On July 31, WorldNetDaily's Garth Kant wrote a glowing profile of Kansas Rep. Tim Huelskamp, touting how "Kansas voters have always liked him. But the Republican establishment apparently loathes him." Kant gave Huelskamp an open platform to attack his Republican primary opponent, Dr. Roger Marshall -- Kant did not give Marshall an opportunity to respond to the attacks -- portray himself as an enemy of the Republcian establishment despite running for his fourth term in Congress and tout how well his secret polls have him doing:
One Kansas poll has the race as a dead heat, while Huelskamp’s own polling gives him a nine-point lead.
A poll commissioned by the Topeka Capital-Journal published on Sunday showed a dead heat, with Marshall at 40.9 percent of likely voters, and Huelskamp at 40.3 percent. A significant number, 15.3 percent, are still undecided.
According to the paper, “If Republican voters oust Huelskamp, it would send a shock wave through Washington, D.C.”
But Huelskamp’s campaign criticized the poll’s methodology of surveying random Kansas landline and cell numbers.
“Our internal poll, taken during the same time by a reputable polling firm with a 100 percent track record, surveyed twice as many respondents and showed congressman Huelskamp with a strong 47-38 lead,” a Huelskamp spokesman told the paper.
Well, the election was Aug. 2, and well, somebody's polls didn't work out so well: Huelskamp lost to Marshall by a whopping 13 percentage points.
Kant had to figure out a way to spin this embarrassing loss -- which he portrayed as unlikely if not impossible in his puff piece -- somehow. He went with the war-on-right-wingers approach.
In an Aug. 3 article, Kant portrayed Huelskamp as a victim of GOP infighting and how the "establishment" -- which, curiously, Huelskamp was not a part of despite holding his seat for many years -- targeted those who are too far to the right:
There are two schools of thought among conservatives. Some extremely prominent commentators such as Rush Limbaugh and Ann Coulter have portrayed the Kansan’s defeat as vindication for GOP presidential nominee Donald Trump, whom Huelskamp initially opposed, then endorsed. But others, particularly the congressman’s right-leaning colleagues in the House, warn it is nothing less than an all-out assault by House Speaker Paul Ryan and the GOP establishment on conservatism itself.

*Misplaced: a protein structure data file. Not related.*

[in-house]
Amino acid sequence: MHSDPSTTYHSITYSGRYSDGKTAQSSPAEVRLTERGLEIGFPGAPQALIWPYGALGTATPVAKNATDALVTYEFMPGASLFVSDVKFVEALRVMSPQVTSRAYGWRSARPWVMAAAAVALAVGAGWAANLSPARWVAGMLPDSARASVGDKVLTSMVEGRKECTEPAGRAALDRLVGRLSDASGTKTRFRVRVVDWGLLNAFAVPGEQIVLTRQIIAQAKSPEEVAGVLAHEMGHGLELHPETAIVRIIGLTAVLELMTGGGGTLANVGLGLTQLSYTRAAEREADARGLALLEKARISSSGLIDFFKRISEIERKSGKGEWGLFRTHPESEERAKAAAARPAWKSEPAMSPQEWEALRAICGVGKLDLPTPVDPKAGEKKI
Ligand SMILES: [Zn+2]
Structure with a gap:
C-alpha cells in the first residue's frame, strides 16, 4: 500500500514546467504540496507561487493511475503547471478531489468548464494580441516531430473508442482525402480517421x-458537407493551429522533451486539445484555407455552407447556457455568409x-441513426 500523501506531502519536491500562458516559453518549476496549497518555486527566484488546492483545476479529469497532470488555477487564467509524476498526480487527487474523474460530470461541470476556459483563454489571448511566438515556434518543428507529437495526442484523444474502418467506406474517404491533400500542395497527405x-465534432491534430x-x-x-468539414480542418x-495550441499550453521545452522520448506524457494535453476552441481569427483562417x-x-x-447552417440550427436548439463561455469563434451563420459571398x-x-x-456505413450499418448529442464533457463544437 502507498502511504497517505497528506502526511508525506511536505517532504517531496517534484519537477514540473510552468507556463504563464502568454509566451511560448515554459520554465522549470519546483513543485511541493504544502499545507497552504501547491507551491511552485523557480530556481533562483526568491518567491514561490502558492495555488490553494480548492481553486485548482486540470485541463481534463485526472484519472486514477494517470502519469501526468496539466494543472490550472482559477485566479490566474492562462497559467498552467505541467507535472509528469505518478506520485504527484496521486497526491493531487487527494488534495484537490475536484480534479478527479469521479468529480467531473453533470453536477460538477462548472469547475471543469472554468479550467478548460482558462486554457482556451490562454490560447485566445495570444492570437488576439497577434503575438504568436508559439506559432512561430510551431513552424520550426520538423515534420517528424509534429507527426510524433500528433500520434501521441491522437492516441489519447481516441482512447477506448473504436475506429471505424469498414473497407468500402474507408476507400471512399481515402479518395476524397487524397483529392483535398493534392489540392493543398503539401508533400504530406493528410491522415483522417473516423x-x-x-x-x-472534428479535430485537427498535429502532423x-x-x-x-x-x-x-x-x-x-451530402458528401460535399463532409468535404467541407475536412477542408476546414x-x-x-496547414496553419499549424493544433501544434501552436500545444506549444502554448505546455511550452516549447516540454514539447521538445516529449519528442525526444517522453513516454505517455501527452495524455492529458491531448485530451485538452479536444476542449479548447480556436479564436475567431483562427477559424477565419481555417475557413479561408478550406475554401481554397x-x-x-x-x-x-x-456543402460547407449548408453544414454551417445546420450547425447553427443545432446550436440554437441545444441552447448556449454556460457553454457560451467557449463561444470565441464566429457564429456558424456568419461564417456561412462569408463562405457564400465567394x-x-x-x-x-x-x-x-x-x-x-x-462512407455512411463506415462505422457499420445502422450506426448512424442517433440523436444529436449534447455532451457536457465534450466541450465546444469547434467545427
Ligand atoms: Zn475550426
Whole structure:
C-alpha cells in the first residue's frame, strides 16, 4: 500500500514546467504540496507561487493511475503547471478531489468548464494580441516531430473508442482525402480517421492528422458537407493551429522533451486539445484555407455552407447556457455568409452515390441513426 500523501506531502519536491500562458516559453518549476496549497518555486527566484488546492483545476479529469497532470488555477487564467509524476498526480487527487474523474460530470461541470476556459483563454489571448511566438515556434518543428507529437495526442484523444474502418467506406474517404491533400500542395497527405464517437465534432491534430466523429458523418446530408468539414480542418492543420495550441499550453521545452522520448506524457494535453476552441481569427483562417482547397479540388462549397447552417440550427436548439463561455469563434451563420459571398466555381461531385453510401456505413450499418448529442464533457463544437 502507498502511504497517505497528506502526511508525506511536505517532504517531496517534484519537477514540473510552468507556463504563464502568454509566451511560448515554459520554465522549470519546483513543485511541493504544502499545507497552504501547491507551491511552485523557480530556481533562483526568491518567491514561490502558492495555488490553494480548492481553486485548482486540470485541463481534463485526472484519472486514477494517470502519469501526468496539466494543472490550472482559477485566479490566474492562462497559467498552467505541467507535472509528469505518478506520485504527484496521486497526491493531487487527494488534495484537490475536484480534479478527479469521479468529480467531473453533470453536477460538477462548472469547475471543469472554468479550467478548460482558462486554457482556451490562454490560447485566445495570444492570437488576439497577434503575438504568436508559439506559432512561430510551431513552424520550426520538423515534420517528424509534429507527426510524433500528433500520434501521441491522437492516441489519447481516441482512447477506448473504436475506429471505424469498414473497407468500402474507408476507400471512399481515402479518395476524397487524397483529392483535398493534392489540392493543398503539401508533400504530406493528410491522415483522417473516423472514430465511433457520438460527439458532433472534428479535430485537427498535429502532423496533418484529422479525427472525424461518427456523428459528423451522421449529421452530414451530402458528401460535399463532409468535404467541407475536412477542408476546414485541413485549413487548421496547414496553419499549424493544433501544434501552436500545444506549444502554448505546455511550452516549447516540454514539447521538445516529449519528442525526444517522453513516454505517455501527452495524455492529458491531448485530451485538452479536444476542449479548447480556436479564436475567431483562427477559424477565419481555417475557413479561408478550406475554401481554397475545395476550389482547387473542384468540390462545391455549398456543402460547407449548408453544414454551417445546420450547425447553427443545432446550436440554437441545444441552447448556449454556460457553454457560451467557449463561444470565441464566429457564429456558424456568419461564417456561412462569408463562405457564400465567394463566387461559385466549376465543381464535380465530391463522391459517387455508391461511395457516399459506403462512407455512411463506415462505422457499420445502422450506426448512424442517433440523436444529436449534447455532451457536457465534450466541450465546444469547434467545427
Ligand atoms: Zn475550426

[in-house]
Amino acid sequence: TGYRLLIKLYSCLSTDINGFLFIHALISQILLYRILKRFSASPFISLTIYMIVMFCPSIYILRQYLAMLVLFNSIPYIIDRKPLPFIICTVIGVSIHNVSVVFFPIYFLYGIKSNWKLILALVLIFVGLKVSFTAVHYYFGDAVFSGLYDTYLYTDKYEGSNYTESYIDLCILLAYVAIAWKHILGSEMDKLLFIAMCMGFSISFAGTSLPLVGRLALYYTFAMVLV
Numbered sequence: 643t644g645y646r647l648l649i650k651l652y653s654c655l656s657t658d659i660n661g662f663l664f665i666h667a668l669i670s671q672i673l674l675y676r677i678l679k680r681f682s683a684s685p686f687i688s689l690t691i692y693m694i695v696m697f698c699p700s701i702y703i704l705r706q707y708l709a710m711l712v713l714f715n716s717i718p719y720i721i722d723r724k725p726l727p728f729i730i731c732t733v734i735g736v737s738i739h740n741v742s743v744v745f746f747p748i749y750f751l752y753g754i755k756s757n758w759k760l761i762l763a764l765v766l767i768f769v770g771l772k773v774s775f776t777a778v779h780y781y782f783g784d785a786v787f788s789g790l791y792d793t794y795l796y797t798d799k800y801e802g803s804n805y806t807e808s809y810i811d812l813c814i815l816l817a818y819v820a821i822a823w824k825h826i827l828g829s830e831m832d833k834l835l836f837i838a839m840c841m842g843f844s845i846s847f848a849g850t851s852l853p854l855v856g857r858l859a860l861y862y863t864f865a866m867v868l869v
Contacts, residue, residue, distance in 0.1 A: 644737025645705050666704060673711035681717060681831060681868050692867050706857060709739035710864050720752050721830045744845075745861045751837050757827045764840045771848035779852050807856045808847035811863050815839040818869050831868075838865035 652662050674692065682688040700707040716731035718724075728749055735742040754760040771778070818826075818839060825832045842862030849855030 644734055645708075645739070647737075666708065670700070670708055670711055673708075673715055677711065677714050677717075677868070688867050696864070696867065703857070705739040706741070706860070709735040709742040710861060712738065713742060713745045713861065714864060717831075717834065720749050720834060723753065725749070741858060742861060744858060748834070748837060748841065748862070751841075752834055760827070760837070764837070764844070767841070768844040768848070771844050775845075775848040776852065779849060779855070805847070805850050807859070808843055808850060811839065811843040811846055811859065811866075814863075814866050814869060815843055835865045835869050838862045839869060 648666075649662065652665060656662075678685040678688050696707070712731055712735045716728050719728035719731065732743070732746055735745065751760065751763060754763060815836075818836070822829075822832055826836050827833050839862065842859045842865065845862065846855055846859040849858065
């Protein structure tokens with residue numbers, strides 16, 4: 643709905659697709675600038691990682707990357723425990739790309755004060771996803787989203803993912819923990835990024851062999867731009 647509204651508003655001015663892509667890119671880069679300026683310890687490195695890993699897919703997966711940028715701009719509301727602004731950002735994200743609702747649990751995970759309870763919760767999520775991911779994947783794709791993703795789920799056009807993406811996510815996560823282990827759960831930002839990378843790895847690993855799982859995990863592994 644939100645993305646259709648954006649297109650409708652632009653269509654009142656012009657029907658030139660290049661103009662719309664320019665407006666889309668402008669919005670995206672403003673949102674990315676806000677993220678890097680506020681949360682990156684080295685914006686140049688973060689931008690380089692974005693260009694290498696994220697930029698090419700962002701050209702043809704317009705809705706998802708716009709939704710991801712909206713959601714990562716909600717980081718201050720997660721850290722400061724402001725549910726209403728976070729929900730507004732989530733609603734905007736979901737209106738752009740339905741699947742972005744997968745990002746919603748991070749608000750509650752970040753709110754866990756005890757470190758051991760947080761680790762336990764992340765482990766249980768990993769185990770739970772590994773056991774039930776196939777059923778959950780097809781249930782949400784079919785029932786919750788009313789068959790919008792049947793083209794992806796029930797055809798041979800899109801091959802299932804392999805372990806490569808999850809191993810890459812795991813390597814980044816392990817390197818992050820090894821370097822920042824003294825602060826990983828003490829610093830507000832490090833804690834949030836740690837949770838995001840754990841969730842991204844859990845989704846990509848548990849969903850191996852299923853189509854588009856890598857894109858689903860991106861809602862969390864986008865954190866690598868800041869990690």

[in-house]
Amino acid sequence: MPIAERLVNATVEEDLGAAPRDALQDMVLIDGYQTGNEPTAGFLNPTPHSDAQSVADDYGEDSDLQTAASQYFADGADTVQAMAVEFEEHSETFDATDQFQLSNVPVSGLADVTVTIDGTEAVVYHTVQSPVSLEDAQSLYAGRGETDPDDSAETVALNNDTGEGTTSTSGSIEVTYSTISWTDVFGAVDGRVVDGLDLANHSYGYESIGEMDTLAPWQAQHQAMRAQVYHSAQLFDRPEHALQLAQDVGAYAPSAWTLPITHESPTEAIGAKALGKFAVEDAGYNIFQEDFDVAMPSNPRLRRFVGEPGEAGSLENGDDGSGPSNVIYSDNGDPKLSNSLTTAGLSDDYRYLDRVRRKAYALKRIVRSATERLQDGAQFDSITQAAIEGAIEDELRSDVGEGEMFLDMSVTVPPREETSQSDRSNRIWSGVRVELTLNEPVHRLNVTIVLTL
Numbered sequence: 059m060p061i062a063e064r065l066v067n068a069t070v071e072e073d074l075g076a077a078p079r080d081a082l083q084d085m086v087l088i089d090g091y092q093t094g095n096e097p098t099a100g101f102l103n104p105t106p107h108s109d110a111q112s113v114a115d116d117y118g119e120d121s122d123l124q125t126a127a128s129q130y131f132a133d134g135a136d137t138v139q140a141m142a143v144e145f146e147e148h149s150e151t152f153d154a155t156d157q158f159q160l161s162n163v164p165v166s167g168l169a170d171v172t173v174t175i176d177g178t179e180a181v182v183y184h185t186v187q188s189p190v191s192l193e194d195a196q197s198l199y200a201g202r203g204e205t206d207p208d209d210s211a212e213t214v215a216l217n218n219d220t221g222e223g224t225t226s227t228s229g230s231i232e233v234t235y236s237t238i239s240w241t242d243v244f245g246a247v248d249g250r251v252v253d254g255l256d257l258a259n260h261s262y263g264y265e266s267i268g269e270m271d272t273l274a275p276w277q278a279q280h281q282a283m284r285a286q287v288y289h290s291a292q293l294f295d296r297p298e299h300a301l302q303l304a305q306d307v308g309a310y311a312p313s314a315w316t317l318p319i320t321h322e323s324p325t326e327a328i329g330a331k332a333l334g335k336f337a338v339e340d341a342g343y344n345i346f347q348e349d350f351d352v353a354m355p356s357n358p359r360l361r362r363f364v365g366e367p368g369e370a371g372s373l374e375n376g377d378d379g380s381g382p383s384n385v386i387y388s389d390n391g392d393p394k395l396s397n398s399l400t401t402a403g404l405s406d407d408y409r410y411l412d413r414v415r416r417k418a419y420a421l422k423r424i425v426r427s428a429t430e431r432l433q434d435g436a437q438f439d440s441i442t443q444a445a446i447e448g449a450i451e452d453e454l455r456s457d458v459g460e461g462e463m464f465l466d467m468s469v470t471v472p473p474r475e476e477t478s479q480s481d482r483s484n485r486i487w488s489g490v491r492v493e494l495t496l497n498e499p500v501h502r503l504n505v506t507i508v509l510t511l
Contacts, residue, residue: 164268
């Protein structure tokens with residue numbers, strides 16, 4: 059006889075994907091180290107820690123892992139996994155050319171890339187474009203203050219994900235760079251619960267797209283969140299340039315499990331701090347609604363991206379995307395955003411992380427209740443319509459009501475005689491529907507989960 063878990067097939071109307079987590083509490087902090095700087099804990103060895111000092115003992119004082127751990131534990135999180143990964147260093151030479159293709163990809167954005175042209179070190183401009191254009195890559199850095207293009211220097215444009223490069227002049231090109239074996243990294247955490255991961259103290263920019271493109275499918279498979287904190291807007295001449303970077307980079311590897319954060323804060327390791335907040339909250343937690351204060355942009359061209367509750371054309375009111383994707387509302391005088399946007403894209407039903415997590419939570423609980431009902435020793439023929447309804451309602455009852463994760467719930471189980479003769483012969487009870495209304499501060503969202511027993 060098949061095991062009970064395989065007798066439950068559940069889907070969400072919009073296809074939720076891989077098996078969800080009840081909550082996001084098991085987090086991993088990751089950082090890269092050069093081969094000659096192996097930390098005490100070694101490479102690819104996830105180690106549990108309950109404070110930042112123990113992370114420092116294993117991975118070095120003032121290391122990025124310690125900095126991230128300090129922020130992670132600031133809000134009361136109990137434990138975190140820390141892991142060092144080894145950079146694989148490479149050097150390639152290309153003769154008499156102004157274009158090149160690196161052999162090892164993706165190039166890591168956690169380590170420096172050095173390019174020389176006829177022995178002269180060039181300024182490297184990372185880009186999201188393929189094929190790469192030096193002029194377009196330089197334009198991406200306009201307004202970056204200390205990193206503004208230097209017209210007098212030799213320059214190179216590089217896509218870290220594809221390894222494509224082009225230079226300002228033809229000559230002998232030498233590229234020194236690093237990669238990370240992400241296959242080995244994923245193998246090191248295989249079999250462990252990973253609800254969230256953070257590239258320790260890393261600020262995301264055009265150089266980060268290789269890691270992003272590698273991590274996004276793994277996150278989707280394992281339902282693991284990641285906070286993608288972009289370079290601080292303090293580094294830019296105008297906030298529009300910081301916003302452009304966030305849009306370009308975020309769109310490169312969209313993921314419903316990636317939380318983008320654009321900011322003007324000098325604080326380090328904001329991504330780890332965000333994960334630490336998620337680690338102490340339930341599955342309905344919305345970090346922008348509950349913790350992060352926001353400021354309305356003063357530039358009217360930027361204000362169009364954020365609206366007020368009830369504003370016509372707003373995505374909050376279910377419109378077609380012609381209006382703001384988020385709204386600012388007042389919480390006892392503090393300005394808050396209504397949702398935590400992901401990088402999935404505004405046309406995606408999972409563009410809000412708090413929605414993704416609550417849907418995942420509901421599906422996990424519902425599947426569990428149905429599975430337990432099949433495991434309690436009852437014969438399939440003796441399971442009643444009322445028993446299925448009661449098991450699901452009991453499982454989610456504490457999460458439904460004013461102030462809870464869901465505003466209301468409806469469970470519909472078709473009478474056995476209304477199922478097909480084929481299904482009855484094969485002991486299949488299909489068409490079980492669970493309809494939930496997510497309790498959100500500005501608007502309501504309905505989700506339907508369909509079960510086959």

Worse yet, they see it as a template the GOP establishment, having tasted initial success, will now use to try to drive conservatives out of the Republican Party for good.
That template is said to employ a wolf in sheep’s clothing ploy: harnessing the prevailing deep anti-Washington sentiment among Republican voters to gin up support for an establishment-backed insider pretending to be an outsider, while portraying an incumbent conservative as an entrenched D.C.-insider.
Kant also recruited WND author Daniel Horowitz to go further into right-wing freakout mode: "This is a warning shot. This is very disturbing,” he warned, because this means that conservatives now have no place in their own party. You’ll be taken down by the special interests. You can have delegations of people that go with Democrats left and right, and that’s no problem. ... Conservatives are now just as welcome in the Republican Party as they are the Democratic Party."
Kant made no mention of the rosy -- and wildly inaccurate -- electoral predictions in his previous article, and he once again failed to contact Marshall to let him have his own say instead of being repeatedly maligned by his opponents and critics.
UPDATE: Kant also failed to report that Huelskamp's loss was apparently part of a larger revolt by Kansas voters against right-wing politicians in general. Under right-wing Republican Gov. Sam Brownback, the state is runing large deficits, education and highway funding is in trouble and its credit rating has been downgraded.